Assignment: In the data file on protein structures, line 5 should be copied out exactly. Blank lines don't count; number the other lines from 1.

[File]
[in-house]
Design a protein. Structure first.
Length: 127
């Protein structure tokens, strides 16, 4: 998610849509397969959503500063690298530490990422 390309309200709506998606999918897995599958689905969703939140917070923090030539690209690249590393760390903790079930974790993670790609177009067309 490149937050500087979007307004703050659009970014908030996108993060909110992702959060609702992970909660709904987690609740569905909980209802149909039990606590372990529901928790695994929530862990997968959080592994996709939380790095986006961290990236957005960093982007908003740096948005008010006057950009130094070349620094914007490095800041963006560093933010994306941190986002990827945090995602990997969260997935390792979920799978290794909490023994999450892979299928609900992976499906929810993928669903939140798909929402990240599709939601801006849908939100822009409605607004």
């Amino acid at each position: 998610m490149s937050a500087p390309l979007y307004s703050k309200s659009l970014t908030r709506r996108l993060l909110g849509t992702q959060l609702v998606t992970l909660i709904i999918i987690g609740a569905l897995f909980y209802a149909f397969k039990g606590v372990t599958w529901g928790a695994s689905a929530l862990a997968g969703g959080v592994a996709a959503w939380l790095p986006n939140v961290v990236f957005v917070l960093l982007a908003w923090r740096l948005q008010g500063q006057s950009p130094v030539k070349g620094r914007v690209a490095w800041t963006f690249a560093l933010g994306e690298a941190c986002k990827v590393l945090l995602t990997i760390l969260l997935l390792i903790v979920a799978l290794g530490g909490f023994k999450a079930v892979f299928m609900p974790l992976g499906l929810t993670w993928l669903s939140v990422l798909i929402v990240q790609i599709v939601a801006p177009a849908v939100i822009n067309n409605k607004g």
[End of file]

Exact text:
């Amino acid at each position: 998610m490149s937050a500087p390309l979007y307004s703050k309200s659009l970014t908030r709506r996108l993060l909110g849509t992702q959060l609702v998606t992970l909660i709904i999918i987690g609740a569905l897995f909980y209802a149909f397969k039990g606590v372990t599958w529901g928790a695994s689905a929530l862990a997968g969703g959080v592994a996709a959503w939380l790095p986006n939140v961290v990236f957005v917070l960093l982007a908003w923090r740096l948005q008010g500063q006057s950009p130094v030539k070349g620094r914007v690209a490095w800041t963006f690249a560093l933010g994306e690298a941190c986002k990827v590393l945090l995602t990997i760390l969260l997935l390792i903790v979920a799978l290794g530490g909490f023994k999450a079930v892979f299928m609900p974790l992976g499906l929810t993670w993928l669903s939140v990422l798909i929402v990240q790609i599709v939601a801006p177009a849908v939100i822009n067309n409605k607004g």